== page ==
How it works

Prep meals backed by food science

Order now
  1. Figure out what you want to achieve: your personal health or fitness goal

    Food is fundamental to achieving your goals. Eat right and you’ll see the right results.

  2. Choose the package that will get you the results you want

    Our freshly prepared meal packages have been designed by our chefs to not only taste incredible, but using food science to help you get to where you want to be.

  3. Meals are then prepared with precision and packed for complete freshness

    Your meals are then created to your exact specifications needed to help you achieve your goal. They are packed expertly to guarantee their freshness.

  4. Your meals are delivered to your door

    Meals are then conveniently delivered to your home or at work - or wherever you need them!

Fitness is nutrition: eat and achieve

Our GoFiit meals are the perfect complement to your training and lifestyle, helping you to live better.

Chef preparing a Macronutrient rich fish steak ready for a GoFiit meal

What are macronutrients and why do I need to know about them?

Macronutrients are the building blocks of a healthy human body: proteins, carbohydrates and fats. They are where your calories come from. Each macronutrient serves a specific purpose in your body and should be consumed in the right amount for optimal health and body composition. That ‘right amount’ differs depending on you, your body and what you want to achieve.

Basically, macronutrients provide the energy and fuel you need to achieve your fitness goals.

You might’ve heard bad things about fats or carbohydrates in the media, but they are critical to your health. Having too much or too little protein, fats and carbs leads to poor function. You don’t feel good, your body doesn’t work at its best, and you don’t look food.

Total calories consumed are the most important factor when it comes to fat loss and body composition. But almost as important are the actual amounts of macronutrients you consume each day. You can eat the same number of calories in different combinations of protein carbs and fats and get significantly different results, most notably in your health!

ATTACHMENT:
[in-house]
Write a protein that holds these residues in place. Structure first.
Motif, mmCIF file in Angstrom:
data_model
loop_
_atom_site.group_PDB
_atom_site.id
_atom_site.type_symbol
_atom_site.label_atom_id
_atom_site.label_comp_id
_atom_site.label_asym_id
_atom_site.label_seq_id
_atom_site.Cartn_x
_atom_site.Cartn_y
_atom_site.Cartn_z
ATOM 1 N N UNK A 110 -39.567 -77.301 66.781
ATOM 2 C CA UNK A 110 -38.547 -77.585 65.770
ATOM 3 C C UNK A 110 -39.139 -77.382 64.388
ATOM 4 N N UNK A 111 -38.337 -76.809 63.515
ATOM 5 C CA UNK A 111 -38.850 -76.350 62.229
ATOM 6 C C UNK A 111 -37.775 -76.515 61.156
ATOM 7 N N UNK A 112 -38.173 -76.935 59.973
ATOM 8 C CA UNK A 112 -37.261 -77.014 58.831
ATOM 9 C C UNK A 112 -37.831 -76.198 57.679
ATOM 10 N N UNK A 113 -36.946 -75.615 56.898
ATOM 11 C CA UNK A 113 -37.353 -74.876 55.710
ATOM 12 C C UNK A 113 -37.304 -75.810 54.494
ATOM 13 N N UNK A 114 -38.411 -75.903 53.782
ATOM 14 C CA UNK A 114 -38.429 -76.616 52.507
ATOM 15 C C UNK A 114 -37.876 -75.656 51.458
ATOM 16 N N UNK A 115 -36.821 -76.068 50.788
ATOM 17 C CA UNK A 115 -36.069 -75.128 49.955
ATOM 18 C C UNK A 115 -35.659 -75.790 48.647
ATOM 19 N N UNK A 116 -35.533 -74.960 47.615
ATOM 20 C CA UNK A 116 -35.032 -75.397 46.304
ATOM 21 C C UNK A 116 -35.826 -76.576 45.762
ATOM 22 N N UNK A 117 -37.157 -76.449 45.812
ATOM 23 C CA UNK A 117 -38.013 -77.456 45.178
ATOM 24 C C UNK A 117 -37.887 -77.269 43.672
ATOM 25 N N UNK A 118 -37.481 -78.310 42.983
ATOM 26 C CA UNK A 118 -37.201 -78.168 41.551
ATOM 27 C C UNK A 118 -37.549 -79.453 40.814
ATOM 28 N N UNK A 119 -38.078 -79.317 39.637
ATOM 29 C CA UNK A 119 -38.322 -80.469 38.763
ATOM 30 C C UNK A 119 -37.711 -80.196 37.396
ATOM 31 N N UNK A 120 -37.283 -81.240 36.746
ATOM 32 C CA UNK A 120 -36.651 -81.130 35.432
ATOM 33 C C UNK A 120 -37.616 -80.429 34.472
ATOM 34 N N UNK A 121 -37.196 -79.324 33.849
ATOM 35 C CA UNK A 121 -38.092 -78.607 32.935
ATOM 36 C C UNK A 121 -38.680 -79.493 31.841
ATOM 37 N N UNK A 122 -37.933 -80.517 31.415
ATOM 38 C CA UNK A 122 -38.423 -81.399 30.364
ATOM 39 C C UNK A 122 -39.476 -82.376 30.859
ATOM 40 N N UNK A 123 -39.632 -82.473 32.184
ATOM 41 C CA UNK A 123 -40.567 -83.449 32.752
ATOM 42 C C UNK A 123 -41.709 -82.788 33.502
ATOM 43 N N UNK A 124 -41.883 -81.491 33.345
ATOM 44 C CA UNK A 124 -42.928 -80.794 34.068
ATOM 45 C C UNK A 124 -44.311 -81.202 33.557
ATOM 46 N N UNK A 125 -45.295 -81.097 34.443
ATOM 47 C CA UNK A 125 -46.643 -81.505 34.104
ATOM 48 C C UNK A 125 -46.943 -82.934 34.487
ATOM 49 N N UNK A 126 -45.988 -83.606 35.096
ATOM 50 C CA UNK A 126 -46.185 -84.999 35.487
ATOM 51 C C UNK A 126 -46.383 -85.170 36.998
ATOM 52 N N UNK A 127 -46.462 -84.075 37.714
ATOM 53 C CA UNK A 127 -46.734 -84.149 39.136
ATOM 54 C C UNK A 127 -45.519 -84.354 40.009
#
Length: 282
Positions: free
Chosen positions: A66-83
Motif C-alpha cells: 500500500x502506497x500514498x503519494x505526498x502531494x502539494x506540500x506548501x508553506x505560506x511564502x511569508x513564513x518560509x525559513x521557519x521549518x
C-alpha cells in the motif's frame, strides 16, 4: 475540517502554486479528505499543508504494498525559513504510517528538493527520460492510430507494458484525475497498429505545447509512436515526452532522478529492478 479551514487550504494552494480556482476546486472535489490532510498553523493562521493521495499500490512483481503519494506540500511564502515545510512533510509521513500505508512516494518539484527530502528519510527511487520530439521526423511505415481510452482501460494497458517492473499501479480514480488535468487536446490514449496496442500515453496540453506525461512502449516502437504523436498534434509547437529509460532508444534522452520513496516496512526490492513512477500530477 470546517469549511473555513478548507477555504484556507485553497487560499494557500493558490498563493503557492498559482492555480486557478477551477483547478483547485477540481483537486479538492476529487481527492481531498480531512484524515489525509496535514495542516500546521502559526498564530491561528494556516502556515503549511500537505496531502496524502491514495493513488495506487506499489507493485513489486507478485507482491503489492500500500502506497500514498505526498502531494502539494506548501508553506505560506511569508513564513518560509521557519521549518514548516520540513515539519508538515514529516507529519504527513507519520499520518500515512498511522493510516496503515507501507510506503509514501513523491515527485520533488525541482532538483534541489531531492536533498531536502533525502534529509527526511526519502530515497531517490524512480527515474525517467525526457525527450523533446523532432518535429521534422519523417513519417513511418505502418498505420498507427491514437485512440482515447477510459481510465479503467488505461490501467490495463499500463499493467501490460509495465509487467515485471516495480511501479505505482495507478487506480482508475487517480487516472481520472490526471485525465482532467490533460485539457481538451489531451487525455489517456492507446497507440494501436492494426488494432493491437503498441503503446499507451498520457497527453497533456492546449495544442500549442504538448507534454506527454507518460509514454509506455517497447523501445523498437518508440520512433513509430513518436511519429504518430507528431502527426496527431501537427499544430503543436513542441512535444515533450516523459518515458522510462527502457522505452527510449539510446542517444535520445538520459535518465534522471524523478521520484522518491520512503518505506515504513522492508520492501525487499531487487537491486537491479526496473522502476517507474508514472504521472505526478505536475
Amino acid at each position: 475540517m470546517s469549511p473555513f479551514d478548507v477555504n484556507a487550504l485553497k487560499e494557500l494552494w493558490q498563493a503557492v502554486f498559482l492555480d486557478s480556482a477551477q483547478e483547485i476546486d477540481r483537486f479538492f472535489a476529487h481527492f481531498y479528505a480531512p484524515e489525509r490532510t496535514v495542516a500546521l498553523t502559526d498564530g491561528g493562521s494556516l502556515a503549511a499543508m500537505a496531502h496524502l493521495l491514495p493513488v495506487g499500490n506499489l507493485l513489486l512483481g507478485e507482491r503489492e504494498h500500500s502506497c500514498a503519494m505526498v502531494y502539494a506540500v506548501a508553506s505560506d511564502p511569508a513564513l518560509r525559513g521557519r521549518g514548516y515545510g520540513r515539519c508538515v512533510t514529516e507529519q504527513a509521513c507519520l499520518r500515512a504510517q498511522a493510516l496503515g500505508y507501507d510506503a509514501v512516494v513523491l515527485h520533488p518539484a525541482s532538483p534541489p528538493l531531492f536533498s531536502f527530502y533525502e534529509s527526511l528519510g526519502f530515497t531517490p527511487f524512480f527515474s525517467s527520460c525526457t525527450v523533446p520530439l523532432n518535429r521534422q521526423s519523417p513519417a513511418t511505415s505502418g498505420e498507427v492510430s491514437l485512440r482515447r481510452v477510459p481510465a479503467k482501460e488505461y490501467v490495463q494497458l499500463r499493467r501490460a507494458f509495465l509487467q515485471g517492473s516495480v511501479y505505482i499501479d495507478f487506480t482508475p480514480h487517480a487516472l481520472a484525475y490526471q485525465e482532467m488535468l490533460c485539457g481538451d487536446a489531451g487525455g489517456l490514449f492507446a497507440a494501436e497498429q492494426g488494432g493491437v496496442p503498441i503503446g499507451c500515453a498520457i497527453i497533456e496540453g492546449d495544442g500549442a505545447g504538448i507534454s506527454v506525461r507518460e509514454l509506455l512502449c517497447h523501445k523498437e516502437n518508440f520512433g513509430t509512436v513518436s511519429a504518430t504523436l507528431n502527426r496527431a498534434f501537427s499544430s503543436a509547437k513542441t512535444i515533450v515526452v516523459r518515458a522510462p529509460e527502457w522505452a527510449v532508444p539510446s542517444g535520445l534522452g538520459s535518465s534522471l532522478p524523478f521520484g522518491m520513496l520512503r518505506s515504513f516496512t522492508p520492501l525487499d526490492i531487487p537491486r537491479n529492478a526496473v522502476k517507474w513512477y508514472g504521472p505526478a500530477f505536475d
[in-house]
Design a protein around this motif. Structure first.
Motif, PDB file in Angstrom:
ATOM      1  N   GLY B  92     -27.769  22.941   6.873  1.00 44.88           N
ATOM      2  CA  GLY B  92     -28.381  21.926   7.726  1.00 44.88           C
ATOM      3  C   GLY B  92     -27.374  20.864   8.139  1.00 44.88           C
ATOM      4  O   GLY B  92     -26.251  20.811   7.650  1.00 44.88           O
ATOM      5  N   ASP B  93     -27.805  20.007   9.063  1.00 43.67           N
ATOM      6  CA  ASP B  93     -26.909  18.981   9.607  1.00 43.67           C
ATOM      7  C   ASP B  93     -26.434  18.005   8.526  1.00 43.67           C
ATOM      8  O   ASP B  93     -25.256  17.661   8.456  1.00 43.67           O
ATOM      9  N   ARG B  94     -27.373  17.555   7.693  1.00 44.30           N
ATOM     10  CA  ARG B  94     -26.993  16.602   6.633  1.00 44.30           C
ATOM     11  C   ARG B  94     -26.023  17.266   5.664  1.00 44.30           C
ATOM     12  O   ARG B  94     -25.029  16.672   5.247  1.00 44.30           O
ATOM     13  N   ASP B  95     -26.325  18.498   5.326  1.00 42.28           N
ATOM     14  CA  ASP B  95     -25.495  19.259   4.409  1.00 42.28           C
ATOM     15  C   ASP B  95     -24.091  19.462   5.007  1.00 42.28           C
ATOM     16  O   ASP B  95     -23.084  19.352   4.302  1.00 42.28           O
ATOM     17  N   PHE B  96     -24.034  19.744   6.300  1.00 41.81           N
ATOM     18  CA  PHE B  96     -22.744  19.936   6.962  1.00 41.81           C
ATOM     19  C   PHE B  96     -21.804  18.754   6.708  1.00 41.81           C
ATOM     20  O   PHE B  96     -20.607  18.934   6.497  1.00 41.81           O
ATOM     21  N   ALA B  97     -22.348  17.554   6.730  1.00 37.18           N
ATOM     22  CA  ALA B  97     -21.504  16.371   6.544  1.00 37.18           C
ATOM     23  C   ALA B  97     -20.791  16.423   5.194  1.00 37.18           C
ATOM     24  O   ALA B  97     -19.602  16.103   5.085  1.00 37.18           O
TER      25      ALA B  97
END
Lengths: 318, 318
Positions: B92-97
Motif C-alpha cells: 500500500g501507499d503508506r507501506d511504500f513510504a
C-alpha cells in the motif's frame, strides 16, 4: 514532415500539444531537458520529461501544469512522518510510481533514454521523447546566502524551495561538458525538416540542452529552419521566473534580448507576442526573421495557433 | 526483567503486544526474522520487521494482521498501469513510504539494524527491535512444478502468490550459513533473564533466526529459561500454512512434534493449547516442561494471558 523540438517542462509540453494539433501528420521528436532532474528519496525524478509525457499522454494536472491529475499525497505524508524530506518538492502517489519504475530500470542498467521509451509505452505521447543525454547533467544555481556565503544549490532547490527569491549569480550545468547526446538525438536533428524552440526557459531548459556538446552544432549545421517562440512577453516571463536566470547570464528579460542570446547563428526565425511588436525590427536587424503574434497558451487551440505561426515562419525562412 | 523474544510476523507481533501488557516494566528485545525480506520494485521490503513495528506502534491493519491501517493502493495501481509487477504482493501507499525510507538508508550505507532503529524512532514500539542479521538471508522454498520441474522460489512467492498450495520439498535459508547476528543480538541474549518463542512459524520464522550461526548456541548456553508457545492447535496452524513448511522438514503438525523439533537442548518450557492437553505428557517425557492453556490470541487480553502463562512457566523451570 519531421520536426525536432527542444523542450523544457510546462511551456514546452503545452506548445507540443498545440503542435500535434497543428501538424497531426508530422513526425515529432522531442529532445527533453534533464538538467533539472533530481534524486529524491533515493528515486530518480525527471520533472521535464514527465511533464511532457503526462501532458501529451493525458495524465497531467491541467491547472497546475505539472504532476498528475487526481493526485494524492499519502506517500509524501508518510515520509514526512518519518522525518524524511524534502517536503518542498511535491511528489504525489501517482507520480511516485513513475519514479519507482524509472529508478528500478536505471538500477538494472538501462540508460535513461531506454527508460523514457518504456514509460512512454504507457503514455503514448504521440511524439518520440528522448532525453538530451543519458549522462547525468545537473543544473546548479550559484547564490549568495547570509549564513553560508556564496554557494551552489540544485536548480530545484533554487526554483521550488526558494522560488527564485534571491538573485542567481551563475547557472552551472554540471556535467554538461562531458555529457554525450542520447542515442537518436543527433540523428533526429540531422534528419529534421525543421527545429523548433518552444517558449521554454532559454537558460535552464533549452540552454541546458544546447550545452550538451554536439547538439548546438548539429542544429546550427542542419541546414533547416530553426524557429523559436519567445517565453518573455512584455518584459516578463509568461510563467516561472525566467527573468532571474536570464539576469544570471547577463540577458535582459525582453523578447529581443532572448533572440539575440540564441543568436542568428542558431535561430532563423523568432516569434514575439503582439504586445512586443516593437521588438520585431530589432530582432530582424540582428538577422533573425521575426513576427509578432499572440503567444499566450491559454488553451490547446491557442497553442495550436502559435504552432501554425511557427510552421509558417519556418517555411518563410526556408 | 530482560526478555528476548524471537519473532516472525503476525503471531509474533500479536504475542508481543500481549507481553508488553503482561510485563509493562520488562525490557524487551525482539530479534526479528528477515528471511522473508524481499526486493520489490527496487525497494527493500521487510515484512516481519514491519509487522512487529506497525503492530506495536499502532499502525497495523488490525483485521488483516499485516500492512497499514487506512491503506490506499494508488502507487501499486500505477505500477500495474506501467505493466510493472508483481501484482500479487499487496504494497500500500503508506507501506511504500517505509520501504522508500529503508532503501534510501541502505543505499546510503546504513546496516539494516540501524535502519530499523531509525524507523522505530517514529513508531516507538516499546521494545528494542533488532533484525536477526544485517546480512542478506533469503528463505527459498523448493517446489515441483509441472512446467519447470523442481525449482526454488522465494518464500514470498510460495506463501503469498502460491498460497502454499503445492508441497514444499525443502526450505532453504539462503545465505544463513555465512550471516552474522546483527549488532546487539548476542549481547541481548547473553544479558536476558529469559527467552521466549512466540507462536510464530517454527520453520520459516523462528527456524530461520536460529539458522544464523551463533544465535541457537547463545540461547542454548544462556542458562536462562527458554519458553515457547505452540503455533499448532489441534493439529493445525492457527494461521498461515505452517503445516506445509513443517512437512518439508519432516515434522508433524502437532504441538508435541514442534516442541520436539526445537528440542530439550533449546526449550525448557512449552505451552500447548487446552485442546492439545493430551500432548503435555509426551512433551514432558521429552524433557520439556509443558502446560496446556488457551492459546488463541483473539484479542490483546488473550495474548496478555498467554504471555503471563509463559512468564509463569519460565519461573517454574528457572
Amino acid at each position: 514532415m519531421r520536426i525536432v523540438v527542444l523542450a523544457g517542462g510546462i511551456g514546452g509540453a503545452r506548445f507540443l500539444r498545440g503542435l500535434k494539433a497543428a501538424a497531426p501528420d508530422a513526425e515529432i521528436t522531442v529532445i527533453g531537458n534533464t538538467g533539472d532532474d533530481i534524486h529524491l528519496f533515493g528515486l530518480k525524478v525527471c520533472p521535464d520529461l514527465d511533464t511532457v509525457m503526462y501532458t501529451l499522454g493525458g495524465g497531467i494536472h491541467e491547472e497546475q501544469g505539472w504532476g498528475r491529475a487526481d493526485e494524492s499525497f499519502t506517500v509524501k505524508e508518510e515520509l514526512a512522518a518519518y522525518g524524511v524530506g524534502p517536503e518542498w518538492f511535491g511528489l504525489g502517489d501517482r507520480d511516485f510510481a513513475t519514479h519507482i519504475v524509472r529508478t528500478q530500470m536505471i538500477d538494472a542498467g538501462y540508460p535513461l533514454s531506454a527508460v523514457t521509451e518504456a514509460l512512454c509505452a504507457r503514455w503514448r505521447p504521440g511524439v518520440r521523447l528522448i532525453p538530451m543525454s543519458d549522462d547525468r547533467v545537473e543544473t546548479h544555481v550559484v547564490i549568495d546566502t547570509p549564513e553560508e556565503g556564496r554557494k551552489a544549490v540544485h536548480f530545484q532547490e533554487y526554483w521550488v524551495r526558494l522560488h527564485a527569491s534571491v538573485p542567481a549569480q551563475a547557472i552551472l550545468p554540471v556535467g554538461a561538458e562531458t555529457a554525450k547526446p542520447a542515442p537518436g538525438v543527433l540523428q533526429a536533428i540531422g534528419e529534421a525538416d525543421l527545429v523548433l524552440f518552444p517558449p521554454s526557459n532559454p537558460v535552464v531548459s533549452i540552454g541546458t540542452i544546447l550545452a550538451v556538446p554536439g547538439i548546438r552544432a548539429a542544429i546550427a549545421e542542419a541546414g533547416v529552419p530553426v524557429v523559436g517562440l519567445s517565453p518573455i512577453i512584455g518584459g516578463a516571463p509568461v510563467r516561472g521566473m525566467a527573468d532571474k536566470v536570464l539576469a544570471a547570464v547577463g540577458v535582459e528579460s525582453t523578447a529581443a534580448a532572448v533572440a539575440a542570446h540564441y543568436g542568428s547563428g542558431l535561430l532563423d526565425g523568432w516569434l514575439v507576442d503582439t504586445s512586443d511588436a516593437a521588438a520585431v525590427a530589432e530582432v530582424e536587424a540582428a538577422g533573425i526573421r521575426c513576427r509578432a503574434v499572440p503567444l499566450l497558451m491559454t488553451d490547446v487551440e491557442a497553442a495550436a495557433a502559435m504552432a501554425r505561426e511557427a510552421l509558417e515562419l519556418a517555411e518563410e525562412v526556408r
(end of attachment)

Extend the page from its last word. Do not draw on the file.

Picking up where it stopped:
Non-energy producing macronutrients

Proteins, fats and carbohydrates are your energy-giving macronutrients, but there are also non energy-producing macronutrients: fibre and water. These are essential for the body to function, but don’t give you energy.

Your body is not a calorie bank, it’s a chemistry lab!


Micronutrients are just as important as macronutrients, but you need them in much smaller quantities. They consist mostly of the vitamins and minerals your body needs to stay healthy. Some micronutrients are produced by your body, but the rest you have to get from the food you eat. That’s why you need to eat a wide ranging and well-balanced diet. No need for supplements if you get the diet right!

The minerals you need are all found in food, particularly dairy products, meat, nuts, fruit and vegetables. They combine with other atoms in the body and play a part in many processes that keep you healthy. The best known minerals are sodium, potassium, chlorine, calcium, phosphorus, sulphur, magnesium and iron.

Your body needs vitamins for growth and maintenance. All vitamins must come from our food apart from two: vitamin D which the body produces after exposure to the sun, and vitamin K2 which is produced by intestinal bacteria.

Vitamins are incredibly important. Vitamin A helps to grow and maintain hair, eyes, teeth, bones and soft tissue. Vitamin C is an antioxidant and helps keep the immune system strong. Vitamins are found in fruit, vegetables, peas, beans, nuts and some dairy products.